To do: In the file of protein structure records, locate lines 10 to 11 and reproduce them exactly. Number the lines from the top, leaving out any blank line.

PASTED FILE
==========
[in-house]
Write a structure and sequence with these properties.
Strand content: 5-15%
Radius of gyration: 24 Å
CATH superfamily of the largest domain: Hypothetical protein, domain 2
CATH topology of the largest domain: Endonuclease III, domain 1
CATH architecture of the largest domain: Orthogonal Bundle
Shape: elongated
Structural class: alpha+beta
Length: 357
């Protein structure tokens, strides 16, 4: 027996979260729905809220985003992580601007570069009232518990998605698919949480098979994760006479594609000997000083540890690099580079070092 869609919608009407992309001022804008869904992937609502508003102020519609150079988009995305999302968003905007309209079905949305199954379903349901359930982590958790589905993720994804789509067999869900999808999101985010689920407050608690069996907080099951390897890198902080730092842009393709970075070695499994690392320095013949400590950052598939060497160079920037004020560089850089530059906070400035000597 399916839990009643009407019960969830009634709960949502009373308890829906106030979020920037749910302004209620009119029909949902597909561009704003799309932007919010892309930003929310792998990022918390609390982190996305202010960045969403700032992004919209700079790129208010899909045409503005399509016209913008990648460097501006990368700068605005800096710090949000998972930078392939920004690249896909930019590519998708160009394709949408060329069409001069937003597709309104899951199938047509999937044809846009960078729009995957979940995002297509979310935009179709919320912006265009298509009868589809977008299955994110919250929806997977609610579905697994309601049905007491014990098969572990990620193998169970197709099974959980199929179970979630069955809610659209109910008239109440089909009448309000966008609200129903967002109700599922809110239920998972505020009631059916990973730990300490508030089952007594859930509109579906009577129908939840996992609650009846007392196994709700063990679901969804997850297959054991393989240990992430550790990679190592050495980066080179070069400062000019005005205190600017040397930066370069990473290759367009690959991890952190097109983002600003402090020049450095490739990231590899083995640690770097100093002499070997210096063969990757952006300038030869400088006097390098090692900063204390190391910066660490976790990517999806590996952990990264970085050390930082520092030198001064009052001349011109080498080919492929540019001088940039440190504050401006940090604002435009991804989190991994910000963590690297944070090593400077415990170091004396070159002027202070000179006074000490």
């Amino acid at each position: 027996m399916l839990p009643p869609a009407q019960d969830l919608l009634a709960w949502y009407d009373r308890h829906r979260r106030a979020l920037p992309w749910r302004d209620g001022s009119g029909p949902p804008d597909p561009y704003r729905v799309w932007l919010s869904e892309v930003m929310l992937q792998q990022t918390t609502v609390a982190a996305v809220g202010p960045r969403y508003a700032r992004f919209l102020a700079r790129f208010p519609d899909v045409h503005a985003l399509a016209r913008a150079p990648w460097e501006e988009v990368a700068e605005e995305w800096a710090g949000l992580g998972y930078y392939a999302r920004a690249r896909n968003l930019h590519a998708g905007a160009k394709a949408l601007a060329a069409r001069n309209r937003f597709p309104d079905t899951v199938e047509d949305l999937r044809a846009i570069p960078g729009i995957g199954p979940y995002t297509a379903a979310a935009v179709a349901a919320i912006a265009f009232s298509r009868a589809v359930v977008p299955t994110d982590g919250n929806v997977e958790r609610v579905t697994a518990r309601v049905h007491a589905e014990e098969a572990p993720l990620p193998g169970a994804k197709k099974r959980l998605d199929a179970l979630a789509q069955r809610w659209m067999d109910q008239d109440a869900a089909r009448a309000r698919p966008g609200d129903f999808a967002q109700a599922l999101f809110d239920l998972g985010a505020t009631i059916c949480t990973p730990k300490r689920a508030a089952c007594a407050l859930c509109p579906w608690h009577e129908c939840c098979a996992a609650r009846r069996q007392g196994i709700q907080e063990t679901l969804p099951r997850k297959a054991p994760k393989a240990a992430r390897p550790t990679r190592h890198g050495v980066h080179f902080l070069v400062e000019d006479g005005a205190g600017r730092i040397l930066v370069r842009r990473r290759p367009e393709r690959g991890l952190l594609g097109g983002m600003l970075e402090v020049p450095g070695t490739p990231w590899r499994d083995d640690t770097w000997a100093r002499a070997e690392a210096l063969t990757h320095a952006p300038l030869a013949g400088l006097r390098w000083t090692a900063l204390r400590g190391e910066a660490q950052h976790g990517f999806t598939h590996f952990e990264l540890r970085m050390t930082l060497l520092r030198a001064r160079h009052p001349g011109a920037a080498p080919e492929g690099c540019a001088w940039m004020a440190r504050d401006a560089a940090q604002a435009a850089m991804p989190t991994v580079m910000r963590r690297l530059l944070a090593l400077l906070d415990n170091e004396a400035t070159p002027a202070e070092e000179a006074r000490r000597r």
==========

Length: 357
């Protein structure tokens, strides 16, 4: 027996979260729905809220985003992580601007570069009232518990998605698919949480098979994760006479594609000997000083540890690099580079070092 869609919608009407992309001022804008869904992937609502508003102020519609150079988009995305999302968003905007309209079905949305199954379903349901359930982590958790589905993720994804789509067999869900999808999101985010689920407050608690069996907080099951390897890198902080730092842009393709970075070695499994690392320095013949400590950052598939060497160079920037004020560089850089530059906070400035000597 399916839990009643009407019960969830009634709960949502009373308890829906106030979020920037749910302004209620009119029909949902597909561009704003799309932007919010892309930003929310792998990022918390609390982190996305202010960045969403700032992004919209700079790129208010899909045409503005399509016209913008990648460097501006990368700068605005800096710090949000998972930078392939920004690249896909930019590519998708160009394709949408060329069409001069937003597709309104899951199938047509999937044809846009960078729009995957979940995002297509979310935009179709919320912006265009298509009868589809977008299955994110919250929806997977609610579905697994309601049905007491014990098969572990990620193998169970197709099974959980199929179970979630069955809610659209109910008239109440089909009448309000966008609200129903967002109700599922809110239920998972505020009631059916990973730990300490508030089952007594859930509109579906009577129908939840996992609650009846007392196994709700063990679901969804997850297959054991393989240990992430550790990679190592050495980066080179070069400062000019005005205190600017040397930066370069990473290759367009690959991890952190097109983002600003402090020049450095490739990231590899083995640690770097100093002499070997210096063969990757952006300038030869400088006097390098090692900063204390190391910066660490976790990517999806590996952990990264970085050390930082520092030198001064009052001349011109080498080919492929540019001088940039440190504050401006940090604002435009991804989190991994910000963590690297944070090593400077415990170091004396070159002027202070000179006074000490």